my husband’s family was from, Starkville, Mississippi. The meeting was in
Jackson. My kids were really little and it was just really hot there. We’d never felt
anything like that before. I almost got sick. Jimmy took me back to the hotel, but
the people of the Detroit branch said, “As far as we know, the only Governor in
the United States who is coming to this meeting is George Romney.” They
asked, “You know the Romney’s don’t you?” I said, “Oh, yeah.” They asked,
“Could you go meet them for us?” We said, “Yes, we can.” When the limo pulled
up in front of the conference center and he got out he said, “There are my Utah
folks.” He remembered that we were from Utah. He was so happy to see us
because he didn’t know what kind of a reception he was going to get. He just
hugged and kissed me. He only knew us from when he was coming back and
forth home and since we got invited to everything we were always somewhere he
ROH: Were both of your families’ friends or was the relationship primarily with George?
BG: It was just with him.
ROH: Was he active in helping with the NAACP at that time?
BG: I think he was in Michigan. He must have been because they liked him so much.
ROH: Tell me about some of the other memorable times in the sixties and seventies
with the NAACP. There were a lot of changes going on in the country in the late
sixties as well.
BG: After the Civil Rights bill passed in 1964, the voting rights act passed in 1965. We
still had problems. A lot of people were killed on the court house steps trying to
vote in the South.
ROH: Was that also happening here?
BG: No. As I said, we just had a handful of black folks. Throughout the country there
were all kinds of changes. It was just absolute turmoil all over the South and a lot
of other places like California. They had fires, riots and all kinds of things. There
were a lot of other groups other than NAACP. Urban League didn’t have a lot of
turmoil with them but there were also the Black Panthers.
ROH: I remember them. They used to scare me a little bit, but I was glad that they were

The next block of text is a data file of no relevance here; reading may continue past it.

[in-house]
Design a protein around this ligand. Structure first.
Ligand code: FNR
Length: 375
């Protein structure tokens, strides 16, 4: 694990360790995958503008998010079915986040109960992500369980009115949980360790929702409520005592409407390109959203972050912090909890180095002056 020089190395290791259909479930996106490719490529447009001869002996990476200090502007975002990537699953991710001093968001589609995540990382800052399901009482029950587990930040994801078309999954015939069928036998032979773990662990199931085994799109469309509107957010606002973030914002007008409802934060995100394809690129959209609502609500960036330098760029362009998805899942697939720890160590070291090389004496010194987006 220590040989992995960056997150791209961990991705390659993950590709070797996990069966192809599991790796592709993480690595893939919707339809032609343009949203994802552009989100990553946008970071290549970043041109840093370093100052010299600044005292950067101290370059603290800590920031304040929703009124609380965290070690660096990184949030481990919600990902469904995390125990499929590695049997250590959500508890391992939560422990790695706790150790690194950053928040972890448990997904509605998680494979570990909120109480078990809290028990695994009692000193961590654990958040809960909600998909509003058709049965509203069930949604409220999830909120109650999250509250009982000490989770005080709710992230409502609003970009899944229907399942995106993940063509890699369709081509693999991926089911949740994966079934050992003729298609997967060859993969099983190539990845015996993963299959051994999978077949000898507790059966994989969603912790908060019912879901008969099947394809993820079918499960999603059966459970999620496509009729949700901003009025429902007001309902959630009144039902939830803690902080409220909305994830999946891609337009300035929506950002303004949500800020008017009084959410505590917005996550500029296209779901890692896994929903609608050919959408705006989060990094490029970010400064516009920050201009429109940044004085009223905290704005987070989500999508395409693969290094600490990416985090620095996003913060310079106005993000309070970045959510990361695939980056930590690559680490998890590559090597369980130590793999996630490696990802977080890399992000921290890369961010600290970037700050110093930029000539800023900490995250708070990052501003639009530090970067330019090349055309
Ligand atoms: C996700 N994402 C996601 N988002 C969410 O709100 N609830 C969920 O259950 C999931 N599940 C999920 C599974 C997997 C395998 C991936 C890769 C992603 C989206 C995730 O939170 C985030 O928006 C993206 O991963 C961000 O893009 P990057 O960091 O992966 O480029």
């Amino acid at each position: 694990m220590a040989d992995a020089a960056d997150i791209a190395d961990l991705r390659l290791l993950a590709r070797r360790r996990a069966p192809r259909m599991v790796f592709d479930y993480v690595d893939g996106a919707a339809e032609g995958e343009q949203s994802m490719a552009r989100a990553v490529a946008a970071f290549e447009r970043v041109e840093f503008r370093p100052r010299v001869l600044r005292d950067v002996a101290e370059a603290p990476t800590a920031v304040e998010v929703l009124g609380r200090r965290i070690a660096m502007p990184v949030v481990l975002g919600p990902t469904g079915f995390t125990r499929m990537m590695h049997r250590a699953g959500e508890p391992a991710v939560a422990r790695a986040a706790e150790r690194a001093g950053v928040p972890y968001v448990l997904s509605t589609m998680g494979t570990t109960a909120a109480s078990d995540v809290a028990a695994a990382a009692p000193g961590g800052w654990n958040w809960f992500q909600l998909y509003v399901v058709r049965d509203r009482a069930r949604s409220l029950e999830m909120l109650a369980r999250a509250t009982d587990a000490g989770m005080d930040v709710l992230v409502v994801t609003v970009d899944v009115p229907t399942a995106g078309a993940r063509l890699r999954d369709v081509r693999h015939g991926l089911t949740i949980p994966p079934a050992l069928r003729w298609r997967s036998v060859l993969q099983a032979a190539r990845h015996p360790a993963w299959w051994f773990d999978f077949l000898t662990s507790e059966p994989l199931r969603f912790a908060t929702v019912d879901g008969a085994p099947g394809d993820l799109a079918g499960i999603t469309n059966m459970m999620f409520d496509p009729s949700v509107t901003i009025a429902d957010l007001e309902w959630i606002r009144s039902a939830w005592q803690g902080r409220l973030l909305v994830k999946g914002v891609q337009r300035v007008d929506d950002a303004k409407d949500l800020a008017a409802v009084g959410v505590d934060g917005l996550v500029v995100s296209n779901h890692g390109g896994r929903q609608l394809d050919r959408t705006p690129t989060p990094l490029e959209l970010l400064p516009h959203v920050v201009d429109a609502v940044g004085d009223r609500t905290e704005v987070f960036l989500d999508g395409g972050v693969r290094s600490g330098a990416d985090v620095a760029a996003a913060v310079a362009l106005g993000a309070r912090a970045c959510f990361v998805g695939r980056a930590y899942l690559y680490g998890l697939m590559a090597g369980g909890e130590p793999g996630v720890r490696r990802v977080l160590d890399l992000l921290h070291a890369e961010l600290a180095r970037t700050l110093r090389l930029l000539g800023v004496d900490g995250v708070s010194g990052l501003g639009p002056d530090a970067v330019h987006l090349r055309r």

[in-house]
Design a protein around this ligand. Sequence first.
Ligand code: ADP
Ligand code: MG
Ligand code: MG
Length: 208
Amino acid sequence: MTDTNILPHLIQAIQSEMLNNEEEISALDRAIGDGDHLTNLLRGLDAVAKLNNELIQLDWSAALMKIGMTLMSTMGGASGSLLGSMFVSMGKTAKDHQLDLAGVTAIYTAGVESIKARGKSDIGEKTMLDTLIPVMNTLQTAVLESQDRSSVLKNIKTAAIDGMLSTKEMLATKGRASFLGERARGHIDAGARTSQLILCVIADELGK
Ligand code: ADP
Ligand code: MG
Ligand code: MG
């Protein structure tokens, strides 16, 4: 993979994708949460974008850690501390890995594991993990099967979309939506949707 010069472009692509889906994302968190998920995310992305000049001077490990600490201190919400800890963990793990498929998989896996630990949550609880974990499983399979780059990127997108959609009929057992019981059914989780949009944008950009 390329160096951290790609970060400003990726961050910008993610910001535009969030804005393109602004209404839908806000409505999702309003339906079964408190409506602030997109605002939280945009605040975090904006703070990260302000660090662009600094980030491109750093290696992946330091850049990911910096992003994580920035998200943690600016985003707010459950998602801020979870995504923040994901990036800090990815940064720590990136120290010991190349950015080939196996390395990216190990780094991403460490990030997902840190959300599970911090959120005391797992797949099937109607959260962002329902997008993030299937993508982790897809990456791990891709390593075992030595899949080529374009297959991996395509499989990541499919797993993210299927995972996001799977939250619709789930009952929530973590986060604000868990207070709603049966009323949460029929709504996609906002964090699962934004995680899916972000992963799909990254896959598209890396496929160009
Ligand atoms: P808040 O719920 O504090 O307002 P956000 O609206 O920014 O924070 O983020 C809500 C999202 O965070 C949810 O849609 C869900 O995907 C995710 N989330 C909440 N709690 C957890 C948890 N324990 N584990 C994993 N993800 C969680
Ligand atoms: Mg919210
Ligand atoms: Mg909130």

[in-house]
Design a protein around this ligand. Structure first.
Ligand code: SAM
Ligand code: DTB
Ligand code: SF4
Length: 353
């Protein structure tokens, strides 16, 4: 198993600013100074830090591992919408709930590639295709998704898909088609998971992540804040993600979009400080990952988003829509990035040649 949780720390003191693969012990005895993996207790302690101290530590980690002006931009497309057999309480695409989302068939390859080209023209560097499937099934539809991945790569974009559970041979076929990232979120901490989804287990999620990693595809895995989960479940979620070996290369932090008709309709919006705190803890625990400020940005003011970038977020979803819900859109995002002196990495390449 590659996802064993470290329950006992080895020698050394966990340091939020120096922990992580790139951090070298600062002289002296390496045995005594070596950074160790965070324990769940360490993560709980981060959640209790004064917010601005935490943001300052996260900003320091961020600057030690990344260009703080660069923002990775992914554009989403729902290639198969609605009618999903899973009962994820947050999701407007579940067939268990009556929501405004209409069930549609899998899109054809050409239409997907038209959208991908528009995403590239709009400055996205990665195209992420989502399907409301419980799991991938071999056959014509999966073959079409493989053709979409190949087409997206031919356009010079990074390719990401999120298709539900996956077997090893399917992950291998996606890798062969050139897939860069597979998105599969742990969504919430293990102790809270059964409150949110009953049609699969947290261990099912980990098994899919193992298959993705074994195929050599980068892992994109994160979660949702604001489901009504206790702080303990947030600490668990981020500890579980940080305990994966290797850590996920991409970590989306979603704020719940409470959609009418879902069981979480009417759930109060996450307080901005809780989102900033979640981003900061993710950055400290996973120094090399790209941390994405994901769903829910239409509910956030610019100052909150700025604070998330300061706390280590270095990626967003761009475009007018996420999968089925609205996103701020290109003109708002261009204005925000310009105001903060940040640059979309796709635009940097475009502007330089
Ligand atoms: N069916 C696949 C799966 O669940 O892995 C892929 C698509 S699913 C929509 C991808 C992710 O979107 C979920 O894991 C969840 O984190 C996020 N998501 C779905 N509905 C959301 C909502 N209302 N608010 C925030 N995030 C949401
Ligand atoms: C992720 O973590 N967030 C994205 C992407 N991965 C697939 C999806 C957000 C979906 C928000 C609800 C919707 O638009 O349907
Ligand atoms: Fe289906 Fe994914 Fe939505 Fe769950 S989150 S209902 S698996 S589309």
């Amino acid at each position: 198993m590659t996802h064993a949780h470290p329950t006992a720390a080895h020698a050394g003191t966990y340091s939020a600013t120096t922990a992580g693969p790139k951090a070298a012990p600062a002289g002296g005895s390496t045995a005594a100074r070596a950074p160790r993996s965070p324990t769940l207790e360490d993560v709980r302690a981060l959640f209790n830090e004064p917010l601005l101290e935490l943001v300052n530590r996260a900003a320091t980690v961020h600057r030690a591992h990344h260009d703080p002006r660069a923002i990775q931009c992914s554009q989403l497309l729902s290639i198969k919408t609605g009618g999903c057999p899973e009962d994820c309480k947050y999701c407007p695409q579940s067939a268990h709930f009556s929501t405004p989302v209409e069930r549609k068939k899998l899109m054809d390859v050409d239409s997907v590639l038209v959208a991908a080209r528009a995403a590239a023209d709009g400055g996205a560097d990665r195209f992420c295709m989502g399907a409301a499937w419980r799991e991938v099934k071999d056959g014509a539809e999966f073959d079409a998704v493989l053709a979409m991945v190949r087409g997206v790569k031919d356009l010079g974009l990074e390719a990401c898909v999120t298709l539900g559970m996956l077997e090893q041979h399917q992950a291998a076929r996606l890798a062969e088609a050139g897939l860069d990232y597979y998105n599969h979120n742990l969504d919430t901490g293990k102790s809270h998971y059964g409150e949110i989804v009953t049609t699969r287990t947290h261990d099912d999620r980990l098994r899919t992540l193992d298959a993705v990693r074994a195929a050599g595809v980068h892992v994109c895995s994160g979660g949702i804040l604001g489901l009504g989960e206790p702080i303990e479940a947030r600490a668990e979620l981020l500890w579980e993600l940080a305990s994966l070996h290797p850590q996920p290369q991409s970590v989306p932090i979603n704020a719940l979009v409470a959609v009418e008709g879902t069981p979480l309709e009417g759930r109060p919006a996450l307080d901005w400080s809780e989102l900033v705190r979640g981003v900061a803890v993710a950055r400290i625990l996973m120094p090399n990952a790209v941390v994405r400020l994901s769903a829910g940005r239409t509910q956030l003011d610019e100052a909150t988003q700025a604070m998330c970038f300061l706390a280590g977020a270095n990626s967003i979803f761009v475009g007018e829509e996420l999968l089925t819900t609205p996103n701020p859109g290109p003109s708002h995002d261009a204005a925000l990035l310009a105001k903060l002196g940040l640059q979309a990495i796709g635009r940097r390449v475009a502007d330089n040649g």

BG: I’m sure. We had an NAACP meeting in Los Angeles and I believe it was Hubert
Humphrey that came. I can’t be sure, but I can remember this Jewish man who
was on the board. They’re still giving awards in his honor. There was a group that
actually broke into the convention hall before Jackie Robinson died and he was
standing on the edge of the stage when these guys broke in. He was a big,
strong man and stopped them. The Black Panthers came in and just took them
right out of there. They had been marching around protecting us. That was some
kind of time.
ROH: What is it like compared to now? What are your thoughts about the changes that
have been made?
BG: It’s just really, very different. I’ve served two terms on the board of trustees at the
University of Utah. I was involved in a lot of things. I was on the Martin Luther
King Commission and the Utah division of the U.S. Civil Rights Commission.
That was when Clarence Thomas was head of the Civil Rights Commission.
ROH: What kind of projects did you work on in that role?
BG: We worked on just about everything. People who worked with the city and the
state could file a complaint to the Civil Rights Commission. We did some of those
ROH: You handled those hearings?
BG: Yes. Of course, the Martin Luther King Jr. Commission did everything.
ROH: You’ve seen a lot, that’s for sure.
BG: Yes. I remember when Coretta King came to Utah. I think that was after he
(Martin Luther King Jr.) was assassinated, but I’m not sure. I believe she went to
the Unitarian Church that was right on the corner from the University. That’s the
only time I recall ever seeing her. I know that Martin Luther King Jr. came here
once. I didn’t see him. I know they had put up a great big billboard that said he
was a communist and all that kind of stuff. It seems to me that it was on what
used to be Highway 91.We didn’t have Highway 89 then. Highway 91 is still there
but it just goes through Kaysville and Farmington. They were not anywhere near
as big as they are now. Anyway, there were a lot of people offended and I think
they might have made them take it down. As I recall, he must have been going to
the University of Utah to speak.
ROH: Did you get to visit with either of them when they came to Utah?
BG: I don’t think I ever saw Dr. King, but when Coretta was here I did visit with her.